Now, as tube B is inserted completely into container C, the air pressure inside tube B will increase by an amount that is equal to the value of pressure constituted by a column of water of height 104.6' (that is the length of tube B inserted in C). It is this additional pressure from the water that compresses the air in tube B into a 45' feet column and allowing water to rise 59.6' into B. This is where the value of pressure of air inside tube B becomes equal to the value at valve h. LET'S CALL THIS VALUE OF PRESSURE 'PNOW', it is the value of pressure at valve h so long as tube B remains in container C at this depth.

    Note here that we could calculate the value of the additional pressure by using the formula:
    Pressure=rho*g*h [where rho is the density of water, g is the value of acceleration due to gravity, and h is the height of the water column constituting the pressure (that is 104.6' in this case)].

    Also, we could use Boyle's law to calculate the new air pressure inside B:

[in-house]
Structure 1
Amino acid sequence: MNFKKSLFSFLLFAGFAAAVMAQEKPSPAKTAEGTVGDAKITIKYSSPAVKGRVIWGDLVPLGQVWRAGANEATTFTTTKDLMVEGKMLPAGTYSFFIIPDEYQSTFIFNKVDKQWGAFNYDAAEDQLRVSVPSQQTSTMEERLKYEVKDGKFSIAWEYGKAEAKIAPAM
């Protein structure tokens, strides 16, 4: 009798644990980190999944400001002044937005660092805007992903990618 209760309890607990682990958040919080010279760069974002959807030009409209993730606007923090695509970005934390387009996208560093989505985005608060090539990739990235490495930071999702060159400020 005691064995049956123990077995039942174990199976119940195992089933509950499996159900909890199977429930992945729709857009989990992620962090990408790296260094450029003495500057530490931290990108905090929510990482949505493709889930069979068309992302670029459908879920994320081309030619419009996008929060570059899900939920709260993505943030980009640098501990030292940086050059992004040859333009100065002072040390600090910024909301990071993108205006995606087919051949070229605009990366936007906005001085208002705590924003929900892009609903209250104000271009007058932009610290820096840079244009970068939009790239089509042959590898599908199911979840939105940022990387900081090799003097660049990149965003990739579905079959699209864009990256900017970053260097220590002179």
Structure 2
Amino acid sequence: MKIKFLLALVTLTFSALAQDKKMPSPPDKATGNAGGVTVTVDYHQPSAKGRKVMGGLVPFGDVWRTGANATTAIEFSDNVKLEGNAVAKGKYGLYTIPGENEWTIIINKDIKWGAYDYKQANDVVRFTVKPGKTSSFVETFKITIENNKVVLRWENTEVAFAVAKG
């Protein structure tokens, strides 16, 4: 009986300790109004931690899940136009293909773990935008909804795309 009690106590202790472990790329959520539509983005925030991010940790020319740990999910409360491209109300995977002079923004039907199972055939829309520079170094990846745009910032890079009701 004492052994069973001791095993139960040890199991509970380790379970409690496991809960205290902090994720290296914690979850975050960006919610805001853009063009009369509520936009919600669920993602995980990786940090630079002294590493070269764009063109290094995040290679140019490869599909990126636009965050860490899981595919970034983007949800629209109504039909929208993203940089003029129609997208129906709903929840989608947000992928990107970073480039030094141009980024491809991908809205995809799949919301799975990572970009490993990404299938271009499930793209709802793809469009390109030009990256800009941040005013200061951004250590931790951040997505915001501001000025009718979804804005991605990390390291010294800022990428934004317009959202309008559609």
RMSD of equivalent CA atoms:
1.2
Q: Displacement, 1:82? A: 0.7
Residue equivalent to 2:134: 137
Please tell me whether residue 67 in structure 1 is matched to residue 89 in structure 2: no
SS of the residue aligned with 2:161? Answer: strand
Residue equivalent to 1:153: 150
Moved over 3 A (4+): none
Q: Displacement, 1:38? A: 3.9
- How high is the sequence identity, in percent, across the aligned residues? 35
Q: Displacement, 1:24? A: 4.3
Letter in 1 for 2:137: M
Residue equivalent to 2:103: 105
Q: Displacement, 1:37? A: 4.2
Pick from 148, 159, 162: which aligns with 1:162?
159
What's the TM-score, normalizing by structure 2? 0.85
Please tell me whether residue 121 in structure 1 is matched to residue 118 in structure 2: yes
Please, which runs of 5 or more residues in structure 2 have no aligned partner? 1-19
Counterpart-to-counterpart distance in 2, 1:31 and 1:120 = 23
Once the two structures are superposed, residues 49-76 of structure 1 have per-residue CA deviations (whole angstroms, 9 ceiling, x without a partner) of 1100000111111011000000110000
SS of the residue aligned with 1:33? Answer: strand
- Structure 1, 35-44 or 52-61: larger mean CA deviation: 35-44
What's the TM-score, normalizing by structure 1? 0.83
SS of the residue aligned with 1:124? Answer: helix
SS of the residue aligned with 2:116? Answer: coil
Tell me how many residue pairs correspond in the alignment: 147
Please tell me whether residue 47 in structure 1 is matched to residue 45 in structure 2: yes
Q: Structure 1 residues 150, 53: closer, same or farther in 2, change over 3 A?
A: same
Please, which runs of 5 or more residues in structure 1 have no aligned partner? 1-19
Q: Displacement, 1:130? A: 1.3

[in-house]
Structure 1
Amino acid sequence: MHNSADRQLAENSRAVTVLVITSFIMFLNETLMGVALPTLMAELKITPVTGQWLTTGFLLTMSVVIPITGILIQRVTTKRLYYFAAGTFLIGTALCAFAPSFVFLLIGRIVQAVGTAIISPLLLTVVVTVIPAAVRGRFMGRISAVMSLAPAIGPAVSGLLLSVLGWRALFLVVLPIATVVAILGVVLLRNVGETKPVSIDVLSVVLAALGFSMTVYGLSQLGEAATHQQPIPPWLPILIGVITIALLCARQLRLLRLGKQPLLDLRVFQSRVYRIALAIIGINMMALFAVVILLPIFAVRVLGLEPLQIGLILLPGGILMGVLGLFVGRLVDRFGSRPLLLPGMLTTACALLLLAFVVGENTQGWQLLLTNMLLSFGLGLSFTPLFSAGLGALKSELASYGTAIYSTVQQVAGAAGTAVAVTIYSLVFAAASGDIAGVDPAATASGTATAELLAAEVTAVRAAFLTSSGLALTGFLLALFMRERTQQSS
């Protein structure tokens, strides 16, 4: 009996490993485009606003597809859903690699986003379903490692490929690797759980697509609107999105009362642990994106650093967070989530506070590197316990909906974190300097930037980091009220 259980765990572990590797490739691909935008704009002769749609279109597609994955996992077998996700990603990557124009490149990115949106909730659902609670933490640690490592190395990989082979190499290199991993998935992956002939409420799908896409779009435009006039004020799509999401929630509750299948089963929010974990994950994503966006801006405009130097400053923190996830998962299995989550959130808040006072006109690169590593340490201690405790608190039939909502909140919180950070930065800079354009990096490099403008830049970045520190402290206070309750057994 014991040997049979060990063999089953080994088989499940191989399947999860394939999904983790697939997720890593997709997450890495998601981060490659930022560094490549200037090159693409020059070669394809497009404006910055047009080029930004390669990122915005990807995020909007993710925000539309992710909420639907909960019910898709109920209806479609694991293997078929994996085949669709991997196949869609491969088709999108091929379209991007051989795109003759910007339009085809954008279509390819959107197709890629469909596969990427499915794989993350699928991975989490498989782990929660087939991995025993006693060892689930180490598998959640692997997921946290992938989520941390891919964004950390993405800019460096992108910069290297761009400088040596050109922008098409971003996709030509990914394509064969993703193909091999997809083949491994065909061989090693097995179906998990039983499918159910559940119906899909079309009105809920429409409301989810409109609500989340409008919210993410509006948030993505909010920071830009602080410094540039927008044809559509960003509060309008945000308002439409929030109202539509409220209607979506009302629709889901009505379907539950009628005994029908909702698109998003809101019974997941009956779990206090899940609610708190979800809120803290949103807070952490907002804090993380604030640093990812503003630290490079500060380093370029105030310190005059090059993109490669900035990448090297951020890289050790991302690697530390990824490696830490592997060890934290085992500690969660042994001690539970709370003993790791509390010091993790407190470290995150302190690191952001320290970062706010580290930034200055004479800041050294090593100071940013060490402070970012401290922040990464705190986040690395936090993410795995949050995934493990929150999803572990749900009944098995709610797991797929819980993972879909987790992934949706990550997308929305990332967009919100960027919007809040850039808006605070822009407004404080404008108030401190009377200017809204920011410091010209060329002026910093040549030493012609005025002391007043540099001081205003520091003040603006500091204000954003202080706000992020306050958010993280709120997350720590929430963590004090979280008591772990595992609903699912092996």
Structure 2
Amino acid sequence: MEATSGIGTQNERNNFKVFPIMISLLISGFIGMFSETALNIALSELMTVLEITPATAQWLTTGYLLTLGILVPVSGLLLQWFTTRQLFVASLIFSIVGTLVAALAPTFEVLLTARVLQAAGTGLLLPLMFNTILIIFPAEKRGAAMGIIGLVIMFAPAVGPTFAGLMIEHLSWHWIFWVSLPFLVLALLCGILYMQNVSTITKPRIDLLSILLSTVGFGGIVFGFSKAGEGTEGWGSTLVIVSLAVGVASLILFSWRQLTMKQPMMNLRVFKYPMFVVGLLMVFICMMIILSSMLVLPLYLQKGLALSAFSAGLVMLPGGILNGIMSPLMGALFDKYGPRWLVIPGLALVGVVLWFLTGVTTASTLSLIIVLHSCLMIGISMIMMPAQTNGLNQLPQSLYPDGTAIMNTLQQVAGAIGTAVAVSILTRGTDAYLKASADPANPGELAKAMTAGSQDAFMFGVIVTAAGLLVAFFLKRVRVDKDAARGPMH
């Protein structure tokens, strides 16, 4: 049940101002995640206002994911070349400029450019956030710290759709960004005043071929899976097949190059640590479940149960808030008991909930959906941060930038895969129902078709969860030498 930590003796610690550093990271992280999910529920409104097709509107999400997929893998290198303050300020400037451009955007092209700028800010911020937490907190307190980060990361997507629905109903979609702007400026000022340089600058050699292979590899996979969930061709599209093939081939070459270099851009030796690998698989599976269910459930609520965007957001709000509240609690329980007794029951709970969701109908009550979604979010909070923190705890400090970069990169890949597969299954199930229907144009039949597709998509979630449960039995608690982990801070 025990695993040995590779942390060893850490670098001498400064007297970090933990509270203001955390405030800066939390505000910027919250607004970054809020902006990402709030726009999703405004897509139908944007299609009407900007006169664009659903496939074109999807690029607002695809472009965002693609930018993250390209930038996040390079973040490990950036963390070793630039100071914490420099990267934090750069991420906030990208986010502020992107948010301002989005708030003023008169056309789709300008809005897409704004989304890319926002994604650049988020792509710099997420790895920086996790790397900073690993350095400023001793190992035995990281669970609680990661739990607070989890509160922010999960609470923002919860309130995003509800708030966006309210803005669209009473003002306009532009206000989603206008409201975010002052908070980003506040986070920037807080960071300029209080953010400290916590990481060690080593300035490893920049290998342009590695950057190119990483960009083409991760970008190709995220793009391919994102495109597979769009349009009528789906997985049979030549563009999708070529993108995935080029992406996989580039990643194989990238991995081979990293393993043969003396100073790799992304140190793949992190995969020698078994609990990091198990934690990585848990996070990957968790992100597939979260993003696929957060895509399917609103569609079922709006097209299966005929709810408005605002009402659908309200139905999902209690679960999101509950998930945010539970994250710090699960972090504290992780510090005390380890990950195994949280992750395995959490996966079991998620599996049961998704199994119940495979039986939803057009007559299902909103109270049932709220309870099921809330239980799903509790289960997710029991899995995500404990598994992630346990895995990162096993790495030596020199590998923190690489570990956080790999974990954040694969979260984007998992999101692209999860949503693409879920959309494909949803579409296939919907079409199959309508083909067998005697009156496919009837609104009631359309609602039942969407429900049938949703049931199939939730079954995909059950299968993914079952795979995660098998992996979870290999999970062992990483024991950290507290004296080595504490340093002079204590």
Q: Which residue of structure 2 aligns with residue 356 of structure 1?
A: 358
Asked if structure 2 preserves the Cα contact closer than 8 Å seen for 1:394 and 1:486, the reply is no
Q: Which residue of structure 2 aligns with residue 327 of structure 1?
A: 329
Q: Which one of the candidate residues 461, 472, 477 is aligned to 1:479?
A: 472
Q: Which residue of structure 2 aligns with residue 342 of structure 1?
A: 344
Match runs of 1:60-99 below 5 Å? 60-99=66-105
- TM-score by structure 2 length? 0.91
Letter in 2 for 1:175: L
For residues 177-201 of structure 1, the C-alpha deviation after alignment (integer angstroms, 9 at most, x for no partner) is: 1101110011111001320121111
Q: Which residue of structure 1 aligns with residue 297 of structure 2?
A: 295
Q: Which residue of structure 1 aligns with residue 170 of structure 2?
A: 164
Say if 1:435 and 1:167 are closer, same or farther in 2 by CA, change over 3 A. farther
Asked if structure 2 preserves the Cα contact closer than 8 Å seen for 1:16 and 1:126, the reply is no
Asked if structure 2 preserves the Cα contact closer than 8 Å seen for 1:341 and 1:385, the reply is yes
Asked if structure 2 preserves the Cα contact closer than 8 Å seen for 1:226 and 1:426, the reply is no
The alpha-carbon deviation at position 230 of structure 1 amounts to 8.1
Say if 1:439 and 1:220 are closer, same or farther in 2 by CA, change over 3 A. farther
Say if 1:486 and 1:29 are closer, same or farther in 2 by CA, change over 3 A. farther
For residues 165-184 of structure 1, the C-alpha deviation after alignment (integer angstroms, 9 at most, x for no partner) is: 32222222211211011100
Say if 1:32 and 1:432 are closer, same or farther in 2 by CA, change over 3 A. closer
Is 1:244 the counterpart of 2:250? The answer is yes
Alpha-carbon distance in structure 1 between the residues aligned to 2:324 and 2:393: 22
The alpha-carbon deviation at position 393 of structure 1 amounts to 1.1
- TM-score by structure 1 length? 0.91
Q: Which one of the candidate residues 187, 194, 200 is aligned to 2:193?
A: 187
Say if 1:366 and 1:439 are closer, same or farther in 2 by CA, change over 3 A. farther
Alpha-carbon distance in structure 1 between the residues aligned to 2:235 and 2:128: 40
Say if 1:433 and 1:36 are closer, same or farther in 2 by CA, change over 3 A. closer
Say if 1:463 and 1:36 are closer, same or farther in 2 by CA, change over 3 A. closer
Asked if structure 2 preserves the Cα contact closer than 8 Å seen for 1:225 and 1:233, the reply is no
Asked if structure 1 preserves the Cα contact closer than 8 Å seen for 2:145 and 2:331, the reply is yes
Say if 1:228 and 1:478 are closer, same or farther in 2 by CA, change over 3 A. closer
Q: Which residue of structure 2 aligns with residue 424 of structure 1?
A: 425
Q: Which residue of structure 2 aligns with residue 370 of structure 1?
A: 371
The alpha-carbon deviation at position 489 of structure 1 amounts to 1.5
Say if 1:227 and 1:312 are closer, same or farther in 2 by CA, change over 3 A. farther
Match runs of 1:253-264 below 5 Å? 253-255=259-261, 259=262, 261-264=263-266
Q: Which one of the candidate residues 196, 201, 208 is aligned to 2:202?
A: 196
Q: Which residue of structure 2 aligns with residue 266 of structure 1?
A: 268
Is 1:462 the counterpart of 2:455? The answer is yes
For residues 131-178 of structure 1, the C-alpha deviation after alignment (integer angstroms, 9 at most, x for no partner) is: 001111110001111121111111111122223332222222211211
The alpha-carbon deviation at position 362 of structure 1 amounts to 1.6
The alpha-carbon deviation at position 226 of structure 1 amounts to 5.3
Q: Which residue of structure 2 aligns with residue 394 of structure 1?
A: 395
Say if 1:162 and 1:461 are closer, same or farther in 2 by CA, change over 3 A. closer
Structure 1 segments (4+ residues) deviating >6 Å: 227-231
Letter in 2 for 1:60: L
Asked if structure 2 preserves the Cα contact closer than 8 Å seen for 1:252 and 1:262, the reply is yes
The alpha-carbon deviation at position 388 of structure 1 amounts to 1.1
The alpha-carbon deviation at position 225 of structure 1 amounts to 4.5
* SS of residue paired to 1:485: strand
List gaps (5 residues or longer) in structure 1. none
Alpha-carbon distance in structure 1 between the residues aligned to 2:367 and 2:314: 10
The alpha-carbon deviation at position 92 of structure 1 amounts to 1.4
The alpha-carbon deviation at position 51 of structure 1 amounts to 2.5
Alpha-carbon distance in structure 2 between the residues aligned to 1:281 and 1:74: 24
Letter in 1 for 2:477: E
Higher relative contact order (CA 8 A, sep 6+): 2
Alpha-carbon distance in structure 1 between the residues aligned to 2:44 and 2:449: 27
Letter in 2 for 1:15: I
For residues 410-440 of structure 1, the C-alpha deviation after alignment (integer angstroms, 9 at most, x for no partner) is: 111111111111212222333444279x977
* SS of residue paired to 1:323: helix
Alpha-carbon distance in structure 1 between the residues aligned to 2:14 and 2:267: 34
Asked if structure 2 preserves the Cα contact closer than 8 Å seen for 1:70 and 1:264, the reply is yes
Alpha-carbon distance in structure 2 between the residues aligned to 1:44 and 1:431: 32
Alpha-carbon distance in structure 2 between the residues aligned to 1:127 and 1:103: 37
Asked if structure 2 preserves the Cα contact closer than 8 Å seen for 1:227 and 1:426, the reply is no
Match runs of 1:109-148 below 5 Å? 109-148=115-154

p1*v1=p2*v2 [p1 is the value of the air pressure in B before it was inserted in container C (that is the value of the atmospheric pressure at the surface of container C), p2 is the new value of air pressure in tube B after it has been completely inserted in water of container C (this is the value we wish to know), v1 is the volume of air in tube B before the insertion (this is the volume of B minus the volume of E), and v2 is the volume of air in tube B after the insertion(this is the value of v1 minus the volume of water that has risen 59.6' into B). We could deduce from the statement in the question "E releases water at the rate of 100 gal per second for 8 seconds" that the volume of E is 800 gal, this is also if we assume that all of the water in E was expelled in 8 seconds at the 100 gal per second rate]. BUT AS I MENTIONED EARLIER, I DO NOT THINK THE QUESTION REQUIRES US TO GO INTO ALL THESE CALCULATIONS.